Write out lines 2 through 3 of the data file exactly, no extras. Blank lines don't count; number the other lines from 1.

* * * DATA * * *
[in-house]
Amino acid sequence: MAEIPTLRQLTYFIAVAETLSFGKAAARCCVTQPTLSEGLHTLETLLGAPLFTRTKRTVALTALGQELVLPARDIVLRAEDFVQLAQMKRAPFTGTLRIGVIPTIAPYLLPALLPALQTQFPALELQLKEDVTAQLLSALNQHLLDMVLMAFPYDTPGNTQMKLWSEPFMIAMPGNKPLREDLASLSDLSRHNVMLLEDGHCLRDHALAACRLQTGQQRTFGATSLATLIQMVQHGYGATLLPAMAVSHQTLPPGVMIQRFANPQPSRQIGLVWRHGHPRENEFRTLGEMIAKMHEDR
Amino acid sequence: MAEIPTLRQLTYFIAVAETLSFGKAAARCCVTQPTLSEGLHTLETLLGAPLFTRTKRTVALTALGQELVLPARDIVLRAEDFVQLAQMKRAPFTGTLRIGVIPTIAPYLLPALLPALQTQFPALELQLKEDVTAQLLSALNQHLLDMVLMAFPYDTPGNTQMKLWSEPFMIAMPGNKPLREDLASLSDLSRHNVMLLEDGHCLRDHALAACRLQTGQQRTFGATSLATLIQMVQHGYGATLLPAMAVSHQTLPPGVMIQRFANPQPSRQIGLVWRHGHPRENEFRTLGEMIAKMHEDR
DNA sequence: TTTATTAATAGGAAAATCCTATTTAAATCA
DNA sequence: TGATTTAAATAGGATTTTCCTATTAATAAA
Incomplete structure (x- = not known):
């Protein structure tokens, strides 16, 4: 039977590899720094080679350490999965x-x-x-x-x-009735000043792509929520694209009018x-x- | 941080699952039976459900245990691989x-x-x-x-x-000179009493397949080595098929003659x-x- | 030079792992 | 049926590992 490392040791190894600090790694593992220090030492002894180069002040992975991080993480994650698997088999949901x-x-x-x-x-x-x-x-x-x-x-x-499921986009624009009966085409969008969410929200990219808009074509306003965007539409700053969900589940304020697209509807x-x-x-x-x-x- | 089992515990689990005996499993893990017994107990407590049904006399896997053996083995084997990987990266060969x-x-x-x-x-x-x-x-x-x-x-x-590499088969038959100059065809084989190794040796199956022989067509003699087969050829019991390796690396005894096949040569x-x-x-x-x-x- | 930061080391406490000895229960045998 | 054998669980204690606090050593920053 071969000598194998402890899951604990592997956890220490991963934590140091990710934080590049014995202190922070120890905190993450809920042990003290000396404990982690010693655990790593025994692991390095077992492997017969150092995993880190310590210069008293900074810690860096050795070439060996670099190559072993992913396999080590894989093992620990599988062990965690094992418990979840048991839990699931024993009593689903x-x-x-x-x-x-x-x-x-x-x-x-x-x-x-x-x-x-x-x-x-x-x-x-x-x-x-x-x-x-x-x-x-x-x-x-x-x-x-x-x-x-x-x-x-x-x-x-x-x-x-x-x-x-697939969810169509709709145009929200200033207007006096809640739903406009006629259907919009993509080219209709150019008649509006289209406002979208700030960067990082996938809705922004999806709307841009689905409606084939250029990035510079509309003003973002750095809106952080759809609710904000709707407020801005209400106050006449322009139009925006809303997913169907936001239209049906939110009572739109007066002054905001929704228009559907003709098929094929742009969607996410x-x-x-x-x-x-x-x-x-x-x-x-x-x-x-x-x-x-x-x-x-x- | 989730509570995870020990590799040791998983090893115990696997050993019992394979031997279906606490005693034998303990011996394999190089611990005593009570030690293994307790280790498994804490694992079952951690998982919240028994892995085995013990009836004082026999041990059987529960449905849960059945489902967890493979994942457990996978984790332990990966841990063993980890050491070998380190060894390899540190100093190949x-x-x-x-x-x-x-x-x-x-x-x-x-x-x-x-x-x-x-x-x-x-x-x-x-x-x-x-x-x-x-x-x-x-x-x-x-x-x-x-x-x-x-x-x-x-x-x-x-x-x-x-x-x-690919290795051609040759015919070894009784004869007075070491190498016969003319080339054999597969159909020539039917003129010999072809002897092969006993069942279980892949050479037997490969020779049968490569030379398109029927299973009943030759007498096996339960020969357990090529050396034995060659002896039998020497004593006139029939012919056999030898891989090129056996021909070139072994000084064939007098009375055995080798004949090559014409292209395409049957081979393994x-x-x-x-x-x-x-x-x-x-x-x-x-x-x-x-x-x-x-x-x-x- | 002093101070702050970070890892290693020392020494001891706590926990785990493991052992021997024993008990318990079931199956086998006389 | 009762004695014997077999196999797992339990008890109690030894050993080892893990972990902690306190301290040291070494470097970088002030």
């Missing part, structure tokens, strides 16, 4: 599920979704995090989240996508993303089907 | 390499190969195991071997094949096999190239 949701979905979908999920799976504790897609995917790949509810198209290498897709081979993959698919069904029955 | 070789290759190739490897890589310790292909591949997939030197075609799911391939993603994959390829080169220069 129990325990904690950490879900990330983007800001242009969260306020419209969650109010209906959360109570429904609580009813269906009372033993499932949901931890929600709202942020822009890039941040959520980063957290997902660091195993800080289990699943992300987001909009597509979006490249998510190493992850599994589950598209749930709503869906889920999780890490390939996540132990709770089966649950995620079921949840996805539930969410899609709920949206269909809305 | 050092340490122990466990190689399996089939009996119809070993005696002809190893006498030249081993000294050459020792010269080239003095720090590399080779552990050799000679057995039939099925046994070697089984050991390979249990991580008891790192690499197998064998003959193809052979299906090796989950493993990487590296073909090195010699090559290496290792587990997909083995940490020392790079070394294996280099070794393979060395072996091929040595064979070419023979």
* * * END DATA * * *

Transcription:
Amino acid sequence: MAEIPTLRQLTYFIAVAETLSFGKAAARCCVTQPTLSEGLHTLETLLGAPLFTRTKRTVALTALGQELVLPARDIVLRAEDFVQLAQMKRAPFTGTLRIGVIPTIAPYLLPALLPALQTQFPALELQLKEDVTAQLLSALNQHLLDMVLMAFPYDTPGNTQMKLWSEPFMIAMPGNKPLREDLASLSDLSRHNVMLLEDGHCLRDHALAACRLQTGQQRTFGATSLATLIQMVQHGYGATLLPAMAVSHQTLPPGVMIQRFANPQPSRQIGLVWRHGHPRENEFRTLGEMIAKMHEDR
Amino acid sequence: MAEIPTLRQLTYFIAVAETLSFGKAAARCCVTQPTLSEGLHTLETLLGAPLFTRTKRTVALTALGQELVLPARDIVLRAEDFVQLAQMKRAPFTGTLRIGVIPTIAPYLLPALLPALQTQFPALELQLKEDVTAQLLSALNQHLLDMVLMAFPYDTPGNTQMKLWSEPFMIAMPGNKPLREDLASLSDLSRHNVMLLEDGHCLRDHALAACRLQTGQQRTFGATSLATLIQMVQHGYGATLLPAMAVSHQTLPPGVMIQRFANPQPSRQIGLVWRHGHPRENEFRTLGEMIAKMHEDR